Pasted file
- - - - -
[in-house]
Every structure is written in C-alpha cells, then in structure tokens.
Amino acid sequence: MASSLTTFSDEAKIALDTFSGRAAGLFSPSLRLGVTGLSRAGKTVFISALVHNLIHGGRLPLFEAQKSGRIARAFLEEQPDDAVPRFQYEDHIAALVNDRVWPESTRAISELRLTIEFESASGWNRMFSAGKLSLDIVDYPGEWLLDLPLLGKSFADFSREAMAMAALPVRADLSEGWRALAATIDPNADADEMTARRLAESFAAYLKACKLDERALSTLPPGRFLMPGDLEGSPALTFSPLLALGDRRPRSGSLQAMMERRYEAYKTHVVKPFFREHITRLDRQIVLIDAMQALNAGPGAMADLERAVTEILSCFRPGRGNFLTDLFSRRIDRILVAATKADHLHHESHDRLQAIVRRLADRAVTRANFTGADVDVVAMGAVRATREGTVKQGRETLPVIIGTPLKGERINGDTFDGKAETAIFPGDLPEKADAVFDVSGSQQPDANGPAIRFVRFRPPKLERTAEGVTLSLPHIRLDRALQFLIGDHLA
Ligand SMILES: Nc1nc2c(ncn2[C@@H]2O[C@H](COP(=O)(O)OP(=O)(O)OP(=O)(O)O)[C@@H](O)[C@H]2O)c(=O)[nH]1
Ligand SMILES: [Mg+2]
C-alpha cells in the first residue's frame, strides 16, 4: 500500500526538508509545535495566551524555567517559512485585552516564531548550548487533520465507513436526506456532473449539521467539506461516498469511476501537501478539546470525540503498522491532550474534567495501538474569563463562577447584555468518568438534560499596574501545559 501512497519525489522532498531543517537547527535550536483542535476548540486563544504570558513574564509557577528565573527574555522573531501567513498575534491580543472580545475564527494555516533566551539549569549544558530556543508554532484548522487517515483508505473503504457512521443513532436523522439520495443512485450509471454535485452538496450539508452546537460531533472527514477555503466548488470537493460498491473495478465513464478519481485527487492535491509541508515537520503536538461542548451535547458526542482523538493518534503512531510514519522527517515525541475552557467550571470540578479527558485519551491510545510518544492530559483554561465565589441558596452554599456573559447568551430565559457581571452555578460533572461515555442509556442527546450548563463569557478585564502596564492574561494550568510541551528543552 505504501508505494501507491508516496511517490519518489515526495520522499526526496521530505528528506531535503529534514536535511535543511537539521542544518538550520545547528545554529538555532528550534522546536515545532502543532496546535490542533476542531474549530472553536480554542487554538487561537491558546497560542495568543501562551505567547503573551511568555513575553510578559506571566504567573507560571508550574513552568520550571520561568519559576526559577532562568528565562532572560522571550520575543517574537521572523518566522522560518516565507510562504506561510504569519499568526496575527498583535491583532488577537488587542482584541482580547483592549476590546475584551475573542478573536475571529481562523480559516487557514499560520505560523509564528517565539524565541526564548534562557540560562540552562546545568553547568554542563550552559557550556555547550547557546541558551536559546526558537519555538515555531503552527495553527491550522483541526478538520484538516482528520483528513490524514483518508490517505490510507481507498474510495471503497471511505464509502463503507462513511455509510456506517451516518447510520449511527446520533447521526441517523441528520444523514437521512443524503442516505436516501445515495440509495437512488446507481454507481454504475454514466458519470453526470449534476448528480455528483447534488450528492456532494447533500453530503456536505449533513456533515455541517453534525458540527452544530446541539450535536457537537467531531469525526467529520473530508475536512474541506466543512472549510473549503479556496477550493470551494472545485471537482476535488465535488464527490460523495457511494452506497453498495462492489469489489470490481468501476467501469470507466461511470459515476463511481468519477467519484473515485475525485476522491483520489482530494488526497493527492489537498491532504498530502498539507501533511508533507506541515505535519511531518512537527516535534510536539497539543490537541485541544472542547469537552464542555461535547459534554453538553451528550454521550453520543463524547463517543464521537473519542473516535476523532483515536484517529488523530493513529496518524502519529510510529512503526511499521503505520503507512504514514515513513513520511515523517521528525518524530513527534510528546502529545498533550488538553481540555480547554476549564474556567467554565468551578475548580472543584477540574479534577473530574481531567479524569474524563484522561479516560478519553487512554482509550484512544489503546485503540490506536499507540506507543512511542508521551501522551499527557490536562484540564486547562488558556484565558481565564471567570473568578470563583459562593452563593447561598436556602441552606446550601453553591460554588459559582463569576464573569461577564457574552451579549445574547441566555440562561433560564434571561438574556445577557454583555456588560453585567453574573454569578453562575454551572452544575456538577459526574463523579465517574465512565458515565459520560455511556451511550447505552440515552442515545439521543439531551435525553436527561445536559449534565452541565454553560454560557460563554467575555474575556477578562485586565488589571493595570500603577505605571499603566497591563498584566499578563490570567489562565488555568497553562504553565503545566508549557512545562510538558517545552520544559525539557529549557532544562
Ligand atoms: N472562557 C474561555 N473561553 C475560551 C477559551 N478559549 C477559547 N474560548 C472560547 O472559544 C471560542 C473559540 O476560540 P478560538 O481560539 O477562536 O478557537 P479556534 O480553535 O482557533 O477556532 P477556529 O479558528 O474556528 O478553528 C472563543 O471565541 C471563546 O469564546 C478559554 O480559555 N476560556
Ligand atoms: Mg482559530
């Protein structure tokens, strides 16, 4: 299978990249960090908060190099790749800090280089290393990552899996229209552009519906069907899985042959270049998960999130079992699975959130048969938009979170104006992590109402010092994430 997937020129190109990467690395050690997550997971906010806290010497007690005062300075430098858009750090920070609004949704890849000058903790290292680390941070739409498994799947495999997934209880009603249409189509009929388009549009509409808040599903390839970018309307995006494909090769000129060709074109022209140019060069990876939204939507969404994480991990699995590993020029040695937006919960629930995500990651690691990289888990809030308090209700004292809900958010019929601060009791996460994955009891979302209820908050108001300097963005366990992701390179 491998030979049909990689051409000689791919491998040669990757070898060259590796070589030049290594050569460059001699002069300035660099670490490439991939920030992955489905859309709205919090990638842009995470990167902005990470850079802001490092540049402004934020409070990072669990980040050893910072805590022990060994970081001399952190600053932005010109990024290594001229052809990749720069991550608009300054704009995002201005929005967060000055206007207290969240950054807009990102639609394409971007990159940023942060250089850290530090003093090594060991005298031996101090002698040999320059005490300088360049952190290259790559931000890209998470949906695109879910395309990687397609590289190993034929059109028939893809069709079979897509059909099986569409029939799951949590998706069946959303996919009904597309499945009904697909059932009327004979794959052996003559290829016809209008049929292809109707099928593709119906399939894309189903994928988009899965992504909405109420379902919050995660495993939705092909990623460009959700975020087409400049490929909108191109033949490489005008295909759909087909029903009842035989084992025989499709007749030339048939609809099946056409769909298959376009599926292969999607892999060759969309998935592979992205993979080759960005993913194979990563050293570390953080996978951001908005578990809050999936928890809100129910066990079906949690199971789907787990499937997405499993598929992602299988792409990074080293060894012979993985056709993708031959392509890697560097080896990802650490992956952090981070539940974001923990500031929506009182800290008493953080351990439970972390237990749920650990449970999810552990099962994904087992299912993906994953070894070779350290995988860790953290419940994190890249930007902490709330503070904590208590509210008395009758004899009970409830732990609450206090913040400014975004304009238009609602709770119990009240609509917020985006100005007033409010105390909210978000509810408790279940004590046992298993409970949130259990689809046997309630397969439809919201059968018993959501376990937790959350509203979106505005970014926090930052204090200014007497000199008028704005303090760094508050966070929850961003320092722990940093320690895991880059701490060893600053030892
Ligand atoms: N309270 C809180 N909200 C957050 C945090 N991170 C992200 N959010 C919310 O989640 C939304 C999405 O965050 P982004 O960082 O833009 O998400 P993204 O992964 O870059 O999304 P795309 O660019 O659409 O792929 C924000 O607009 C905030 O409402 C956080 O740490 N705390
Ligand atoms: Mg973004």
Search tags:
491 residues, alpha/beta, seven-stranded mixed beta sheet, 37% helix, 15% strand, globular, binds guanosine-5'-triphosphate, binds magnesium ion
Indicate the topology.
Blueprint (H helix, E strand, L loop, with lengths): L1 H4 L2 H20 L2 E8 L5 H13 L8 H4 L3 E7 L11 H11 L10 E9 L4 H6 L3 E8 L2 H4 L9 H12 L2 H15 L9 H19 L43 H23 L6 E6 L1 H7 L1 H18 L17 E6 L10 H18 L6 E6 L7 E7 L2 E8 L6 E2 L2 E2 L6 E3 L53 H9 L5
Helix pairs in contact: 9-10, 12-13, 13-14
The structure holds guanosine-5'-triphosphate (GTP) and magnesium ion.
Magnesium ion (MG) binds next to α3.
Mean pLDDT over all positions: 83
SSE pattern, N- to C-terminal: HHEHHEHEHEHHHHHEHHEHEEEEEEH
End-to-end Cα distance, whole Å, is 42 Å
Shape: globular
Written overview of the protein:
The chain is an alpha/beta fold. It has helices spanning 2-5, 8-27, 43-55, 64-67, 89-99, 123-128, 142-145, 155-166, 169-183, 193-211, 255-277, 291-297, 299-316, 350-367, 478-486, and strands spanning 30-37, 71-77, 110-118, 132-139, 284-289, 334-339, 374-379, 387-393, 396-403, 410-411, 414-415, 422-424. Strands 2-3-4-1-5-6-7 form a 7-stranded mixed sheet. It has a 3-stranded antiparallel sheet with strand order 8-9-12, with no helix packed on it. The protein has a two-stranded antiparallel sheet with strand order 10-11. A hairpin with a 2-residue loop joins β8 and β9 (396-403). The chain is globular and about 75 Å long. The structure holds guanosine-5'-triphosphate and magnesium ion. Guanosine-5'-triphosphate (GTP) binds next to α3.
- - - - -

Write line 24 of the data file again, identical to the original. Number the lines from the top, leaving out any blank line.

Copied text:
The chain is an alpha/beta fold. It has helices spanning 2-5, 8-27, 43-55, 64-67, 89-99, 123-128, 142-145, 155-166, 169-183, 193-211, 255-277, 291-297, 299-316, 350-367, 478-486, and strands spanning 30-37, 71-77, 110-118, 132-139, 284-289, 334-339, 374-379, 387-393, 396-403, 410-411, 414-415, 422-424. Strands 2-3-4-1-5-6-7 form a 7-stranded mixed sheet. It has a 3-stranded antiparallel sheet with strand order 8-9-12, with no helix packed on it. The protein has a two-stranded antiparallel sheet with strand order 10-11. A hairpin with a 2-residue loop joins β8 and β9 (396-403). The chain is globular and about 75 Å long. The structure holds guanosine-5'-triphosphate and magnesium ion. Guanosine-5'-triphosphate (GTP) binds next to α3.